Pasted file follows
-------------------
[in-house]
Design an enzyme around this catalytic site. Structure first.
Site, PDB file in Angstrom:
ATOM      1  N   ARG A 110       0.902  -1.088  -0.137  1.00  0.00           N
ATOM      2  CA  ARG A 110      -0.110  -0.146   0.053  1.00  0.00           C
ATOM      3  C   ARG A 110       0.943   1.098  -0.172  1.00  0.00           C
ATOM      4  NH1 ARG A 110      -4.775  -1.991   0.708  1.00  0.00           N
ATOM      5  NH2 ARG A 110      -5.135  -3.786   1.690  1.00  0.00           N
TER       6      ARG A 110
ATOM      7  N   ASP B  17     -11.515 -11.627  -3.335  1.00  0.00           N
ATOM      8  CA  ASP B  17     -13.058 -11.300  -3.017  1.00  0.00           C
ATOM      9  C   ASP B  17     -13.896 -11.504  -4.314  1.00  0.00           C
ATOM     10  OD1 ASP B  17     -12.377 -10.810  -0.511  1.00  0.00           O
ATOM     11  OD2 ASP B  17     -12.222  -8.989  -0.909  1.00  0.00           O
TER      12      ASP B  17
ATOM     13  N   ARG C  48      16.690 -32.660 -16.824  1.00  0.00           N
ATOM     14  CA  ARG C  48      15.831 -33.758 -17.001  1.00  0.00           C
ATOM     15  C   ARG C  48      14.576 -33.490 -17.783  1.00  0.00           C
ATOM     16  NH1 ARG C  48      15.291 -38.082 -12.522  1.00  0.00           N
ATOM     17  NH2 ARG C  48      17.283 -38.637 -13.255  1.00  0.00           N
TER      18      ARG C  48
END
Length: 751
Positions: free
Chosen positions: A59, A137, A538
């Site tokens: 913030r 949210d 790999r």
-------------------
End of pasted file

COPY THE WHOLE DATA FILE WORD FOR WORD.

[in-house]
Design an enzyme around this catalytic site. Structure first.
Site, PDB file in Angstrom:
ATOM      1  N   ARG A 110       0.902  -1.088  -0.137  1.00  0.00           N
ATOM      2  CA  ARG A 110      -0.110  -0.146   0.053  1.00  0.00           C
ATOM      3  C   ARG A 110       0.943   1.098  -0.172  1.00  0.00           C
ATOM      4  NH1 ARG A 110      -4.775  -1.991   0.708  1.00  0.00           N
ATOM      5  NH2 ARG A 110      -5.135  -3.786   1.690  1.00  0.00           N
TER       6      ARG A 110
ATOM      7  N   ASP B  17     -11.515 -11.627  -3.335  1.00  0.00           N
ATOM      8  CA  ASP B  17     -13.058 -11.300  -3.017  1.00  0.00           C
ATOM      9  C   ASP B  17     -13.896 -11.504  -4.314  1.00  0.00           C
ATOM     10  OD1 ASP B  17     -12.377 -10.810  -0.511  1.00  0.00           O
ATOM     11  OD2 ASP B  17     -12.222  -8.989  -0.909  1.00  0.00           O
TER      12      ASP B  17
ATOM     13  N   ARG C  48      16.690 -32.660 -16.824  1.00  0.00           N
ATOM     14  CA  ARG C  48      15.831 -33.758 -17.001  1.00  0.00           C
ATOM     15  C   ARG C  48      14.576 -33.490 -17.783  1.00  0.00           C
ATOM     16  NH1 ARG C  48      15.291 -38.082 -12.522  1.00  0.00           N
ATOM     17  NH2 ARG C  48      17.283 -38.637 -13.255  1.00  0.00           N
TER      18      ARG C  48
END
Length: 751
Positions: free
Chosen positions: A59, A137, A538
């Site tokens: 913030r 949210d 790999r």